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Thermal runaway root cause of Tesla megapack fires that shut down Australian ESS

Mon, 10/04/2021 - 09:29 -- paul Crompton

Thermal runaway in a Tesla megapack was the likely cause of a three-day fire that halted testing at Neoen’s 300MW/450MWh energy storage system (ESS) in Australia.

The fire at French firm Neoen’s Victorian Big Battery project occurred during initial testing of the ESS on 30 July and caused the system to be temporarily disconnected from the grid.

Two Megapacks (each being a shipping container-sized battery unit) were completely consumed by the fire. 

Neoen International SAS and its contractors UGL Engineering and Tesla Motors Australia), who respectively own and operate the site, have worked with safety regulator Energy Safe Victoria (ESV) throughout its investigation. 

Tesla’s engineering investigation and recreation of events found the most likely cause of the fire was a leak within the megapack cooling system, which caused a short circuit that led to a fire in an electronic component. 

This resulted in heating that led to a thermal runaway and fire in an adjacent battery compartment within one megapack, which spread to an adjacent second megapack. 

The findings were informed by testing undertaken by Tesla, examination of the scene by ESV (and other Victorian agencies), video surveillance footage and telemetry data from the original incident. 

A number of other factors contributed to the destruction of the entire megapacks and, had they not been present, the initial fault would likely have been identified and either manually or automatically contained, said Neoen. 

Those factors are: 

  • The supervisory control and data acquisition (SCADA) system for a megapack took 24 hours to ‘map’ to the control system and provide full data functionality and oversight to operators. 
  • The megapack that caught fire had been in service for 13 hours before being switched into an off-line mode when it was no longer required as part of the commissioning process. This prevented the receipt of alarms at the control facility. 
  • A key lock was operated correctly to switch the megapack to off-line service mode (which was no longer required for ongoing commissioning) but this caused:  telemetry systems for monitoring the condition of the (now out of service) Megapack to shut down and so remove visibility of the developing event; the battery cooling system to shut down; the battery protection system to shut down, including the high voltage controller (HVC) that could have operated a pyrotechnic fuse to disconnect the faulty battery unit.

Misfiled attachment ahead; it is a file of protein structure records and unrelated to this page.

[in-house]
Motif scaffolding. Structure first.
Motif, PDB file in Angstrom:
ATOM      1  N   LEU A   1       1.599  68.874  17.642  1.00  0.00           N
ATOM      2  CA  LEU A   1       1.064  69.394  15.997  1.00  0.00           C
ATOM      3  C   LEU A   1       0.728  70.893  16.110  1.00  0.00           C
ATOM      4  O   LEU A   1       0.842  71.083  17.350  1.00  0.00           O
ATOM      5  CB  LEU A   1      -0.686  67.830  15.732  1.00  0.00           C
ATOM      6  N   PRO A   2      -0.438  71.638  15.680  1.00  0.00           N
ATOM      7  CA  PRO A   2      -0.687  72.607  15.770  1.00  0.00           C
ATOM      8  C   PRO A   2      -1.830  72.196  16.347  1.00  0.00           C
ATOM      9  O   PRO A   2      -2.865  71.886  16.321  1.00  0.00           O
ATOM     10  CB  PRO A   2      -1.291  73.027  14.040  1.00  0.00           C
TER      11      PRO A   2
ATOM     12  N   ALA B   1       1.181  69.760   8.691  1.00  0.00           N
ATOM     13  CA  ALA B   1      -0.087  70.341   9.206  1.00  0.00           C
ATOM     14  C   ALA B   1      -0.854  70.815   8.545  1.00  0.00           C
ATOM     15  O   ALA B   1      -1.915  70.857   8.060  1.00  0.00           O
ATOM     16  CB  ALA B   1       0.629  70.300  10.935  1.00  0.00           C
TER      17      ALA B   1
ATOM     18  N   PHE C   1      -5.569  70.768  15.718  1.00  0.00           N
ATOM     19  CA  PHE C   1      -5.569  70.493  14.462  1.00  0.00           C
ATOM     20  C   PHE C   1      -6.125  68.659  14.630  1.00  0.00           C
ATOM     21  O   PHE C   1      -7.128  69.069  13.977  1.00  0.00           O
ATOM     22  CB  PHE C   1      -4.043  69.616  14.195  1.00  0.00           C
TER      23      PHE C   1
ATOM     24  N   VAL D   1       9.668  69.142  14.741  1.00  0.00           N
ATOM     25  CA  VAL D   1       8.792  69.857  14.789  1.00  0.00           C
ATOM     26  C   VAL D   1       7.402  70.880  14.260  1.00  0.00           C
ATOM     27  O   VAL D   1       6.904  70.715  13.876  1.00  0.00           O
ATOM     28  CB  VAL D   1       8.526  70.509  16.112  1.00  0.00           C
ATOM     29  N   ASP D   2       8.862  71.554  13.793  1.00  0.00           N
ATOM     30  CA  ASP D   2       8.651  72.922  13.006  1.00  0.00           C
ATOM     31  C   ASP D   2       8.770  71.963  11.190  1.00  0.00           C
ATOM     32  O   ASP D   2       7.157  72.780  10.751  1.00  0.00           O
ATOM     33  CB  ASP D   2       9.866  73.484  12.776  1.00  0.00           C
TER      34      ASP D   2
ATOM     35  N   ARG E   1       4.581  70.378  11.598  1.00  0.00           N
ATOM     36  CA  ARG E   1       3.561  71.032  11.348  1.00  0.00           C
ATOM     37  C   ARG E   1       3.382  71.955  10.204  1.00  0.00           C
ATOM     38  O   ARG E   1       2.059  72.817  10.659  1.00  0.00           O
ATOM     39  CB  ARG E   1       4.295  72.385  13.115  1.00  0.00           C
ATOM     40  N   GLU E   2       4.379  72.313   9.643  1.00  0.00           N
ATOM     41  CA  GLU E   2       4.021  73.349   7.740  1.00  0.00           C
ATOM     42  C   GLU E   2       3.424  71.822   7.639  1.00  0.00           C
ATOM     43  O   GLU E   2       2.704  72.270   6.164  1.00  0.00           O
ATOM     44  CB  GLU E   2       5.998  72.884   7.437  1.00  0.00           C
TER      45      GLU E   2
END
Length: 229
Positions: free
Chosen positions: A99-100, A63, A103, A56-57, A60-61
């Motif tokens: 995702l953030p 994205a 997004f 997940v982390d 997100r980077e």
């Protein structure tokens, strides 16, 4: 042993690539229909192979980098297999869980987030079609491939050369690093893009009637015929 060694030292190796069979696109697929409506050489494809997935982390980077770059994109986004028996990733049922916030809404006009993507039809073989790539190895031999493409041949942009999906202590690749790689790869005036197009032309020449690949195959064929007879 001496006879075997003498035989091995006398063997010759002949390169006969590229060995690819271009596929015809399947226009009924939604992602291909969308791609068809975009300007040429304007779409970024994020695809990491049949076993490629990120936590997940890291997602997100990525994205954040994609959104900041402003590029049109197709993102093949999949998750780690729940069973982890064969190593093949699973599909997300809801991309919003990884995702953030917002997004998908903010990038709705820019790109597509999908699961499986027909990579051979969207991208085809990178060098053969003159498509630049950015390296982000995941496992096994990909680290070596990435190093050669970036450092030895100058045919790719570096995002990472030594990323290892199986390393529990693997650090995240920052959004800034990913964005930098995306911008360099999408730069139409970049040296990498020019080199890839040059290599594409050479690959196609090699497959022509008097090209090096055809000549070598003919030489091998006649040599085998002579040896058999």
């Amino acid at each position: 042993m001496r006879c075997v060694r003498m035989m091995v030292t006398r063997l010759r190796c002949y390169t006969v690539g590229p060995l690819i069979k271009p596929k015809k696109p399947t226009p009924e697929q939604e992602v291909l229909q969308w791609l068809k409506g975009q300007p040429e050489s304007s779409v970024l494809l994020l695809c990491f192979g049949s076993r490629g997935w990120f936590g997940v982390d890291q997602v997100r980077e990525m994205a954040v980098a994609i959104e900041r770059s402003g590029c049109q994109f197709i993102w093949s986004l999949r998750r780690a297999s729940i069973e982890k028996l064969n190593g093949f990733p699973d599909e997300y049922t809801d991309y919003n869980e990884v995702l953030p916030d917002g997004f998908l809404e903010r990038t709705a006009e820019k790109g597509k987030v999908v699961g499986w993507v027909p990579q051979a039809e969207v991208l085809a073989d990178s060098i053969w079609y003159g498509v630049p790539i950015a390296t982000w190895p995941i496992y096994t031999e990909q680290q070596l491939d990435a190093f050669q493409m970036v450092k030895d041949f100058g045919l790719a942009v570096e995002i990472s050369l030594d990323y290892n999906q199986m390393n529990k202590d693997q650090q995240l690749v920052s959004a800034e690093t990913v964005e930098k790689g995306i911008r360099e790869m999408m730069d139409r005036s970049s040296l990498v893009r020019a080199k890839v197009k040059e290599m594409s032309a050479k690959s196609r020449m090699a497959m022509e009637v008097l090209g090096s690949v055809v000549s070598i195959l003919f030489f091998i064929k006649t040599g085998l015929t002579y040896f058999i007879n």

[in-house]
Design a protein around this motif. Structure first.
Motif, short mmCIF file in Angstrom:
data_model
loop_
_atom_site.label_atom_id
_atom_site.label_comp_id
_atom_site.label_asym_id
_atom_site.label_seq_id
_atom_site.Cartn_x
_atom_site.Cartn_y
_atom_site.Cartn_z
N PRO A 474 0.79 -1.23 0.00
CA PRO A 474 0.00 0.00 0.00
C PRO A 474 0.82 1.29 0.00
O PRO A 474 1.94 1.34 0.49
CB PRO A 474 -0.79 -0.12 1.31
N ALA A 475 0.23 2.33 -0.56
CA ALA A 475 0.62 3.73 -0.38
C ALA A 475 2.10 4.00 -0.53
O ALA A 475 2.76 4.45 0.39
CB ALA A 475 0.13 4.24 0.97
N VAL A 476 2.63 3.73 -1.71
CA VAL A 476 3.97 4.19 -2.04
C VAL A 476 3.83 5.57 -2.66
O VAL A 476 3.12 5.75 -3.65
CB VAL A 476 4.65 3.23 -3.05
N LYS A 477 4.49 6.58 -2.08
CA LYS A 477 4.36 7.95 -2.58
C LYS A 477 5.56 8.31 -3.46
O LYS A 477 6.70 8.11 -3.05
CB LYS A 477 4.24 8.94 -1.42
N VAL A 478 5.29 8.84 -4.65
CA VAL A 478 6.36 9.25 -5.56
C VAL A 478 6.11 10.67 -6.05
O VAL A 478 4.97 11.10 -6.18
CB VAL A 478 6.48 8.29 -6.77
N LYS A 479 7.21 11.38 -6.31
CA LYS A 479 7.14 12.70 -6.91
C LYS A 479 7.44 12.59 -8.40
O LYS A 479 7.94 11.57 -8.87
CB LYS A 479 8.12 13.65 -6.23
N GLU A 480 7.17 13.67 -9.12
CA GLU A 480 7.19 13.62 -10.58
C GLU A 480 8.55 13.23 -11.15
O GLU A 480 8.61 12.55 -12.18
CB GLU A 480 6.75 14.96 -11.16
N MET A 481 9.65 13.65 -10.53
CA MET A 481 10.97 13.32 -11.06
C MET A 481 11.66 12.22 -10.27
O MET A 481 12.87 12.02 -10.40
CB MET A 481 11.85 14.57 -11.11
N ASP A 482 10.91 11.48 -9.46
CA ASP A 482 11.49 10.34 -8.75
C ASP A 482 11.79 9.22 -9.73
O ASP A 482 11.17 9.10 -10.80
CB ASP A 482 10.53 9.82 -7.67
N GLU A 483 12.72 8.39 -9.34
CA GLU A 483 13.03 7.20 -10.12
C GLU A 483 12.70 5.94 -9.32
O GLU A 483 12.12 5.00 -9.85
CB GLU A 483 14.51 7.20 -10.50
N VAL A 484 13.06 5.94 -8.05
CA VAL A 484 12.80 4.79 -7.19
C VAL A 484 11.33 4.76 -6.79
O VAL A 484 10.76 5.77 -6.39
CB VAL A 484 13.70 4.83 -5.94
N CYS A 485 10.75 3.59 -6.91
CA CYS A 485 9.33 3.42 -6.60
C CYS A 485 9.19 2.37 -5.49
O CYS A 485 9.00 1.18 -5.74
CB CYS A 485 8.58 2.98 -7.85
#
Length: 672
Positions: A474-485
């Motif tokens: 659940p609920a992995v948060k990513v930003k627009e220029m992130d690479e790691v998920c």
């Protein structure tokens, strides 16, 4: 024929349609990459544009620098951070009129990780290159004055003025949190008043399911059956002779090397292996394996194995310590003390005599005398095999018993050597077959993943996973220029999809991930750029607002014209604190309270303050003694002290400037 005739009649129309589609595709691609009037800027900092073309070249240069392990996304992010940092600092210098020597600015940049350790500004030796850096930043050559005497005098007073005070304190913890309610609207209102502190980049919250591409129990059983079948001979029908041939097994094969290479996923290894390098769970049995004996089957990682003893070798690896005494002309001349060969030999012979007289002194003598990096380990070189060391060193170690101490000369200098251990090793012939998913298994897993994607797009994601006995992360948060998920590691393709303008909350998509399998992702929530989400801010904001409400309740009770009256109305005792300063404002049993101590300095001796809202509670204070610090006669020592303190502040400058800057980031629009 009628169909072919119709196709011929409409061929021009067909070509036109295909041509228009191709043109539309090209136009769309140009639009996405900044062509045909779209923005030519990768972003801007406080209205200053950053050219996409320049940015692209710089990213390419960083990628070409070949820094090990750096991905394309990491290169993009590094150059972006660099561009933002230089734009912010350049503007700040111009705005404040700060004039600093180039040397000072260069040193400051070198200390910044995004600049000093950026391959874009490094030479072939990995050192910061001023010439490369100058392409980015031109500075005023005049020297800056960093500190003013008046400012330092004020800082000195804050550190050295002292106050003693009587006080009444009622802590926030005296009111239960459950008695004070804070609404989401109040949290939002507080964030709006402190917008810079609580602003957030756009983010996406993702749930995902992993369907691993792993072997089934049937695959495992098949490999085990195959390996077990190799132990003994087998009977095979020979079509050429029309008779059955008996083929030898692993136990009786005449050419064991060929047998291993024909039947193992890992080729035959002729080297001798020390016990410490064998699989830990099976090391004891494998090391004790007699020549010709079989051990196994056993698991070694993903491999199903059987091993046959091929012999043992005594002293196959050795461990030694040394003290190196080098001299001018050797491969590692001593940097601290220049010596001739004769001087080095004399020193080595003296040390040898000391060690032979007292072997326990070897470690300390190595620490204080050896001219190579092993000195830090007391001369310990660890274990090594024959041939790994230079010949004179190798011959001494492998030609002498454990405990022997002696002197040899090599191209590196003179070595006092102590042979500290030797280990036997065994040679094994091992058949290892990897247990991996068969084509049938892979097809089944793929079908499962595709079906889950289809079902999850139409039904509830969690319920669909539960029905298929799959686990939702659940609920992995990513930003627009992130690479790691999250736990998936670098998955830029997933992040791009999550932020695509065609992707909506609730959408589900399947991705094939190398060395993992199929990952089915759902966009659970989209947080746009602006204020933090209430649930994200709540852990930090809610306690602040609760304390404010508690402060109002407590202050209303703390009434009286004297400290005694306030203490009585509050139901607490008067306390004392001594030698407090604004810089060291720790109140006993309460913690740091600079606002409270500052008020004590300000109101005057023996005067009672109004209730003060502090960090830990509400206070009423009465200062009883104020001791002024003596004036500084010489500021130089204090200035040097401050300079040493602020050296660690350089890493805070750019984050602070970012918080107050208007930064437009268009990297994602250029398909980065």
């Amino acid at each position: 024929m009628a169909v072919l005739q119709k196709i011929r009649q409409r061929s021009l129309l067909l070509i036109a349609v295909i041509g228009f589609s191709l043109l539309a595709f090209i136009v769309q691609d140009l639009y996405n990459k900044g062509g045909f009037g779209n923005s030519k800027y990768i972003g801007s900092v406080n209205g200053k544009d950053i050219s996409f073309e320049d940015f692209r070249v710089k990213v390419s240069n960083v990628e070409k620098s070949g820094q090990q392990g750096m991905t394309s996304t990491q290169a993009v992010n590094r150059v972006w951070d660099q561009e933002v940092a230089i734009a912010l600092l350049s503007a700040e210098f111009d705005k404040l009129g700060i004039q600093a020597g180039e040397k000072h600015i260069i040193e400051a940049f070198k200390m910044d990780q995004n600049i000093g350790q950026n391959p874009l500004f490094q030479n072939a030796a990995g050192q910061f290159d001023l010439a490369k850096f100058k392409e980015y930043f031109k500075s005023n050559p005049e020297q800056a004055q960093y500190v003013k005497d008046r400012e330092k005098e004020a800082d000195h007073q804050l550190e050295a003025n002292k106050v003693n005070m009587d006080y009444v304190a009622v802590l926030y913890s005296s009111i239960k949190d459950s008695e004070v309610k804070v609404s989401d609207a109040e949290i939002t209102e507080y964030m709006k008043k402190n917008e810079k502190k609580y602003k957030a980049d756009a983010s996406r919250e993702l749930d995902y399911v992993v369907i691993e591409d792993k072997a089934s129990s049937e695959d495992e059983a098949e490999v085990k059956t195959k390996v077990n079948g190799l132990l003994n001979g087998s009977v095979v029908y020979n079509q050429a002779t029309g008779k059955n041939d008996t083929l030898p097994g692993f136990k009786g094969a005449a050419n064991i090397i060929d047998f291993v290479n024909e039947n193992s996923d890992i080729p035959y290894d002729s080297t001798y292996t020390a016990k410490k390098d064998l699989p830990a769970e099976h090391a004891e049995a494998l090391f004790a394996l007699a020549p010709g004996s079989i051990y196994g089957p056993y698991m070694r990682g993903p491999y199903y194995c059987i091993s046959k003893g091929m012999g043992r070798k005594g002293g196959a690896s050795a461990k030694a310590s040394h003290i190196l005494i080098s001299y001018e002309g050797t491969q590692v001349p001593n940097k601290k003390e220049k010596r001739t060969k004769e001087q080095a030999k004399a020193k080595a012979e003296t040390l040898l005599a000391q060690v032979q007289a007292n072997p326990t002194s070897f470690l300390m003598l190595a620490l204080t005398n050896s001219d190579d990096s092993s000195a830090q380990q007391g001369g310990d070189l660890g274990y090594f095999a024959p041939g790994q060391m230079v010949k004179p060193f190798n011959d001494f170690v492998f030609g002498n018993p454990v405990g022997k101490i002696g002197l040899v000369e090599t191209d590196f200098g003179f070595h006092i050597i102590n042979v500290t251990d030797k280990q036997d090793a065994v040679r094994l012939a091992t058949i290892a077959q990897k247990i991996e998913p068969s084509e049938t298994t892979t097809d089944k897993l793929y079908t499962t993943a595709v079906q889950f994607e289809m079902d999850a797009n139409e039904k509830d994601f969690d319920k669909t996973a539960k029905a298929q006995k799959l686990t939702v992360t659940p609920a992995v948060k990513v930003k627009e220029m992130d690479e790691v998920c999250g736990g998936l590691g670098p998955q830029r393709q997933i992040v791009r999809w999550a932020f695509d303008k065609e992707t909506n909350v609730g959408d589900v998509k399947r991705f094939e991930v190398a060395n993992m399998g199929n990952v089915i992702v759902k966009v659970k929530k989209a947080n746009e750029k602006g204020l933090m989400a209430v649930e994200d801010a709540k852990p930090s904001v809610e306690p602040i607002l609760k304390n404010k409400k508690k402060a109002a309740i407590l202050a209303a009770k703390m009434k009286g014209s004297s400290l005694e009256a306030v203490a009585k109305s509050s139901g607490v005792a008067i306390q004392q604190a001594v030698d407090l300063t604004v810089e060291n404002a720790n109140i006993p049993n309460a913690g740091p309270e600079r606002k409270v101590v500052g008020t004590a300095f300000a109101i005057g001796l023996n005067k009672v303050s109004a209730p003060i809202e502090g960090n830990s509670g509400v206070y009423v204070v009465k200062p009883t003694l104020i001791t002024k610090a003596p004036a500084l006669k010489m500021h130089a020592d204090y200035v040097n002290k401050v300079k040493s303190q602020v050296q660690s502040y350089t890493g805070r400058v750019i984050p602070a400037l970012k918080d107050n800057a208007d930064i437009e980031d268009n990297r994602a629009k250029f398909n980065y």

ESV requires Tesla to provide the final results of its investigation (when available) into why the fire resulted in the loss of a second megapack and what it is to do to prevent that circumstance arising again. 

Having completed its technical review, ESV will now determine if there have been any breaches of the Electricity Safety Act 1998 (Vic) and supporting regulations and, if so, whether enforcement action is warranted.

Back on line

Neoen confirmed re-energisation testing of the Victorian Big Battery would recommence on 29 September, in preparation for operations this Australian summer. 

Neoen and Tesla are continuing to work towards delivering the project in time for the Australian summer. 

The Victorian Big Battery will unlock up to 250MW of additional peak capacity on the existing Victoria/New South Wales Interconnector (VNI) over the next decade, playing a key role in the transition of the electricity sector towards lower emissions. 

ESV has advised Tesla that it has no objection to the recommencing of commissioning at the VBB providing a number of measures were installed.

The actions to prevent a recurrence of this incident are: 

  • Each Megapack cooling system is to be fully functionally and pressure tested when installed on site and before it is put into service 
  • Each Megapack cooling system in its entirety is to be physically inspected for leaks after it has been functionally and pressure tested on site 
  • The SCADA system has been modified such that it now ‘maps’ in one hour and this is to be verified before power flow is enabled to ensure real-time data is available to operators 
  • A new ‘battery module isolation loss’ alarm has been added to the firmware; this modification also automatically removes the battery module from service until the alarm is investigated 
  • Changes have been made to the procedure for the usage of the key lock for megapacks during commissioning and operation to ensure the telemetry system is operational 
  • The high voltage controller (HVC) that operates the pyrotechnic fuse remains in service when the key lock is isolated 

Designers are also working to ensure that megapacks are engineered to fully mitigate the risk of fire propagation from one unit to another under Victorian climatic conditions, with proposed mitigation procedures to be rolled out to applicable megapacks globally.

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